In light of these limitations, caution is advised in generalizing the findings to broader populations, as the lack of representativeness may compromise the external validity of the results beyond the characteristics of the study sample. Therefore, the conclusions drawn from the subsequent statistical analyses are labeled as partial findings due to uneven sample sizes across subgroups. We recommend that future studies carefully consider and address this limitation when attempting to replicate or extend these findings. Additionally, addressing the issue of small subgroup sizes could involve implementing a stratified analysis approach to ensure adequate representation within each subgroup, thereby improving statistical power and reliability.

Author Contributions

Conceptualization, D.K. and T.L.; methodology, D.K. and T.L.; validation, D.K. and T.L.; formal analysis, D.K. and T.L.; investigation, D.K. and T.L.; resources, D.K. and T.L.; data curation, D.K.; writing—original draft preparation, D.K.; writing—review and editing, D.K. and T.L.; supervision, T.L.; project administration, D.K. and T.L. All authors have read and agreed to the published version of the manuscript.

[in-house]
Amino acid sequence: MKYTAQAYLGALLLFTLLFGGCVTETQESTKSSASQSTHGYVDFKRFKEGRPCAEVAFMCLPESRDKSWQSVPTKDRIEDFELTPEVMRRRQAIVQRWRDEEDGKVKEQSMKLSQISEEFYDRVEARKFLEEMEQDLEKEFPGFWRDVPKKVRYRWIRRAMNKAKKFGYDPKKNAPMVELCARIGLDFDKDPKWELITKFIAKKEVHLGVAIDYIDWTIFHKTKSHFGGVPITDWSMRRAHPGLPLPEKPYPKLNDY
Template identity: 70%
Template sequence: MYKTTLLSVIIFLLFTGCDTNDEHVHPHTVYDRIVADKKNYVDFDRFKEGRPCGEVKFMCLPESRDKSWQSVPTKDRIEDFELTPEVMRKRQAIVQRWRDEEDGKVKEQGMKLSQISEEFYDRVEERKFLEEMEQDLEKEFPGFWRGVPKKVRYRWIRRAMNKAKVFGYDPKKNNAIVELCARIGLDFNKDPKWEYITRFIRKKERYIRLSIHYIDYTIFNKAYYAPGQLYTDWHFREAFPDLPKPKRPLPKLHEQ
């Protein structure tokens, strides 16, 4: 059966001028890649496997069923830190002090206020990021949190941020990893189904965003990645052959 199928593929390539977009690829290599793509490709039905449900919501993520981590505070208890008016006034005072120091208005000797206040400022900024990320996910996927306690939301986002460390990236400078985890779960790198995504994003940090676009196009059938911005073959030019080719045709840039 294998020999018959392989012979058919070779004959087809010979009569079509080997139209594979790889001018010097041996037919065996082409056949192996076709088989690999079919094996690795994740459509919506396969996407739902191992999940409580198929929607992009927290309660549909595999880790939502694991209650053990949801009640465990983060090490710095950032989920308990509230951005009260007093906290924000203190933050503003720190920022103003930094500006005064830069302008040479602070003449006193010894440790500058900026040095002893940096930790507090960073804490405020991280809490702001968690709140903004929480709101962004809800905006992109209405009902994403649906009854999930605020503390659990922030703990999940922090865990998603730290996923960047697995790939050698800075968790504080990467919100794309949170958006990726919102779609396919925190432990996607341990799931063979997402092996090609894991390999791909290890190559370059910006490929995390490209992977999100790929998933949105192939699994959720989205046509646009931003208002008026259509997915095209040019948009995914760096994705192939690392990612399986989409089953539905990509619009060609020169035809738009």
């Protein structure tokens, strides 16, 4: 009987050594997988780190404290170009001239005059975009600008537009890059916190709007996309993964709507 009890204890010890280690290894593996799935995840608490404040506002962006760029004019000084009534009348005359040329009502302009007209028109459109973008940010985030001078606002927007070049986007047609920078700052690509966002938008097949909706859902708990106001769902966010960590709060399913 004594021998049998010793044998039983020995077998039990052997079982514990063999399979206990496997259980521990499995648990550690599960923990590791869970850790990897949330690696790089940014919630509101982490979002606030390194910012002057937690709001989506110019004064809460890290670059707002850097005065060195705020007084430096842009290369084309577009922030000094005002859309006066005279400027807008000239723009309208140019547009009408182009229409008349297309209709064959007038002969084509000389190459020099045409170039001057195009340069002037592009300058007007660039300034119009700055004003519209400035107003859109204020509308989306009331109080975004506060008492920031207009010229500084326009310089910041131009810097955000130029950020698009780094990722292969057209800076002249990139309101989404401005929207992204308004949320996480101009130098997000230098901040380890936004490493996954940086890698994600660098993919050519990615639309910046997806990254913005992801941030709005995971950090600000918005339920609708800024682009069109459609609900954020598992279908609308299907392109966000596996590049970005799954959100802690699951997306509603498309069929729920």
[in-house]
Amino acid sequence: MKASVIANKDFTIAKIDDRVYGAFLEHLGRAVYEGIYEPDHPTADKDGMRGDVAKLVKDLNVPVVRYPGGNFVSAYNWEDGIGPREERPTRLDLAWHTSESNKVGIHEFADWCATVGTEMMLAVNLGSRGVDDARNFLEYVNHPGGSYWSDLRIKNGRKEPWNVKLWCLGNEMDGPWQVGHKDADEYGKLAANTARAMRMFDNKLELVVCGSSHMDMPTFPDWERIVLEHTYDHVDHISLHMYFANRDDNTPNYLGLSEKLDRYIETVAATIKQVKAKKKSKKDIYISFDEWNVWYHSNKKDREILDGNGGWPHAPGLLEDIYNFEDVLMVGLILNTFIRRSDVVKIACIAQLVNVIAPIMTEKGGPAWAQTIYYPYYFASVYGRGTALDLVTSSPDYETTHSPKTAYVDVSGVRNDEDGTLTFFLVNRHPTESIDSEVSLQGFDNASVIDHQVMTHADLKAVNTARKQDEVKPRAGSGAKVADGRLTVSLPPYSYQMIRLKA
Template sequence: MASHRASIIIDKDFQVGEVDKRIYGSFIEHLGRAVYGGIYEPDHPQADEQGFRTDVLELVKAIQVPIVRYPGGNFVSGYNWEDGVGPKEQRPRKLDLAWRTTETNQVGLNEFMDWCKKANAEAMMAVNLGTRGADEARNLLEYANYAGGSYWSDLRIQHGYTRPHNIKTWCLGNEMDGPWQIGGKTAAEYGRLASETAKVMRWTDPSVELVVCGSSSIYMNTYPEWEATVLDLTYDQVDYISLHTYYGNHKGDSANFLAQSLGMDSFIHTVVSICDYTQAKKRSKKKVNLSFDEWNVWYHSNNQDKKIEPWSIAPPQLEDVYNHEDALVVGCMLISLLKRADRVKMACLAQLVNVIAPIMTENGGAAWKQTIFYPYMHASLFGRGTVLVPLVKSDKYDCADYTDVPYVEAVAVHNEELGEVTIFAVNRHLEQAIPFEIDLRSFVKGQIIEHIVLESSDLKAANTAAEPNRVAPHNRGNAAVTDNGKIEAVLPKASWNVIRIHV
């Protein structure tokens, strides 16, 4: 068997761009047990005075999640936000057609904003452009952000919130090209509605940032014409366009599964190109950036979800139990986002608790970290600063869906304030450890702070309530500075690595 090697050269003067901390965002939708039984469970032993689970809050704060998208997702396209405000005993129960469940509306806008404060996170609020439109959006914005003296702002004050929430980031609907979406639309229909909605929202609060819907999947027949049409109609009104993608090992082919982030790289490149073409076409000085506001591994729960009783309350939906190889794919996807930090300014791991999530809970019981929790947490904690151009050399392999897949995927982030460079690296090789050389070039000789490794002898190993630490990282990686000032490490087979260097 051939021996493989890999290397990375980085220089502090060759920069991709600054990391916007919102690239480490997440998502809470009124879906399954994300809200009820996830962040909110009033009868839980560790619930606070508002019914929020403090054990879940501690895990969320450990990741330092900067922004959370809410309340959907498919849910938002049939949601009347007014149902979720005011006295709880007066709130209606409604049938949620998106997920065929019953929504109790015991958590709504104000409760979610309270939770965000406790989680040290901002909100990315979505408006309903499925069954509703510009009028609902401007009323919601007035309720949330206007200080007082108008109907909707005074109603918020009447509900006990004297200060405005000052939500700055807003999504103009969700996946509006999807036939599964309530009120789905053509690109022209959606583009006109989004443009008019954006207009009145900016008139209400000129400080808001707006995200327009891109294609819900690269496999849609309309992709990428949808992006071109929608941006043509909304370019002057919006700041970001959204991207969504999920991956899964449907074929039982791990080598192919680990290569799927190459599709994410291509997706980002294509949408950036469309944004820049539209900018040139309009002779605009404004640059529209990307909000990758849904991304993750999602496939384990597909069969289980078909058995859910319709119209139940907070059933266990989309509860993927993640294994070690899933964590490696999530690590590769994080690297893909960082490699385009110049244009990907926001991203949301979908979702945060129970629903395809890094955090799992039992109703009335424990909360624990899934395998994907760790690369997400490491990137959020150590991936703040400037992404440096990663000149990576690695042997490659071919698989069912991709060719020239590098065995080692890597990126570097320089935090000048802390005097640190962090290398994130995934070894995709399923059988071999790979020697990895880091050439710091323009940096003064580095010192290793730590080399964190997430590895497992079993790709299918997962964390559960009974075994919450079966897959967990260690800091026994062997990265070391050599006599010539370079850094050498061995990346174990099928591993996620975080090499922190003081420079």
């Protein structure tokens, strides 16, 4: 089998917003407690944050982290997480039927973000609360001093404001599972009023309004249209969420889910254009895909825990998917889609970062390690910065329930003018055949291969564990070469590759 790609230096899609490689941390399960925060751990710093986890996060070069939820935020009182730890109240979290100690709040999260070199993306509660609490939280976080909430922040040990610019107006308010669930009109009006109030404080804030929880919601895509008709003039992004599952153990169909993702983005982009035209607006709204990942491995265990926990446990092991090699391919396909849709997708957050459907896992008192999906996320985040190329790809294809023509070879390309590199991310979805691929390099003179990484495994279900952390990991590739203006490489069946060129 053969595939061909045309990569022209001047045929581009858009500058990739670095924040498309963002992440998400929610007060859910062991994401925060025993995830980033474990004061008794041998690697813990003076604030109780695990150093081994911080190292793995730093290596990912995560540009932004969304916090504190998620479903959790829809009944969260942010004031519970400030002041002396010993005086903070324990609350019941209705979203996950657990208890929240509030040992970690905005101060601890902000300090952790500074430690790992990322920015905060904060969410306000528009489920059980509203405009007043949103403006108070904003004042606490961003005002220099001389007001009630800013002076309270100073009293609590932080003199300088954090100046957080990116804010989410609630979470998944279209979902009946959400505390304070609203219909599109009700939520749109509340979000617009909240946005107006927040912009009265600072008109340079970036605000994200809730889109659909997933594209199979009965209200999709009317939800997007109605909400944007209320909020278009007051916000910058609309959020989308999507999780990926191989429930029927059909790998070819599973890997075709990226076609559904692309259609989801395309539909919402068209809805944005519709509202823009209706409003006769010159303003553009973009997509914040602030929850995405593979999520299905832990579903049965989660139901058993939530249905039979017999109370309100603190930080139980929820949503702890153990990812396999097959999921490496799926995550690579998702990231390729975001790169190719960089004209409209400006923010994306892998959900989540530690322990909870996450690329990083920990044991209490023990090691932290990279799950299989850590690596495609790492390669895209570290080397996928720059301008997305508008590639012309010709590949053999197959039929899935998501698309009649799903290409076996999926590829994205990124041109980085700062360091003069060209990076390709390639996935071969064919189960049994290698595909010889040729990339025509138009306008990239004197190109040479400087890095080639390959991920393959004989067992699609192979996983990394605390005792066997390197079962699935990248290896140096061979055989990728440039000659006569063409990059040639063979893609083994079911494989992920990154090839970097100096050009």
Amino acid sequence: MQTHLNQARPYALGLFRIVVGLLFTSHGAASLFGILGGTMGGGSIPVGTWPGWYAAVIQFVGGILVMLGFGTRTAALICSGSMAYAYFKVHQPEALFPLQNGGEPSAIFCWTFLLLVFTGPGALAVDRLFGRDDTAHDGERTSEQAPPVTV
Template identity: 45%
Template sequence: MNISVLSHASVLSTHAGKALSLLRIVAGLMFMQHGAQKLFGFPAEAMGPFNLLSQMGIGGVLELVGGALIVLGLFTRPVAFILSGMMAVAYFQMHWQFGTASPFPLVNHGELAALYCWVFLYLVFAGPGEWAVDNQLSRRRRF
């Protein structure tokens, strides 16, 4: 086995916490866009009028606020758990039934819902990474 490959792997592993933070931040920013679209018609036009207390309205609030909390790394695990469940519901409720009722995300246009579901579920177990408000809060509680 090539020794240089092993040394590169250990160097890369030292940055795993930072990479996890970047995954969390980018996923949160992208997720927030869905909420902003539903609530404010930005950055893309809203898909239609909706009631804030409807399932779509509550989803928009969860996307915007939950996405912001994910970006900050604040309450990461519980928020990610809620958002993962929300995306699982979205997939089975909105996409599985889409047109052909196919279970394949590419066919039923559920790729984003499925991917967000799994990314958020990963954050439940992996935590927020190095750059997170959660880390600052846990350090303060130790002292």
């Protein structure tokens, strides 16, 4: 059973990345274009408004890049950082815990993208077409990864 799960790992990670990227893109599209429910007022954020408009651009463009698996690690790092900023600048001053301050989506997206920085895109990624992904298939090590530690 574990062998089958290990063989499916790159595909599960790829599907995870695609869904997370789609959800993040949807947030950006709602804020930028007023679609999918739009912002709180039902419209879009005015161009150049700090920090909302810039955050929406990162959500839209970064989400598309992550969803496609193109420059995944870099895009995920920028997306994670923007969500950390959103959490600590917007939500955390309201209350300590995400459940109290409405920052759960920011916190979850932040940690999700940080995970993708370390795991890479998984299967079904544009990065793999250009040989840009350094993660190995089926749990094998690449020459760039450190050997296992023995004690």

This research received no external funding.

Institutional Review Board Statement

The study was conducted in accordance with the Declaration of Helsinki. Ethical review and approval were waived for this study due to regulations of University of Gothenburg and the Norwegian Centre for Research Data (NSD). Since the study was conducted on the internet and no identification data were collected and since the survey does not contain any sensitive data as defined by NSD, no ethical permission was required.

Informed Consent Statement

Informed consent was obtained from all subjects involved in the study.

Data Availability Statement

Data will be made available upon reasonable request.

Conflicts of Interest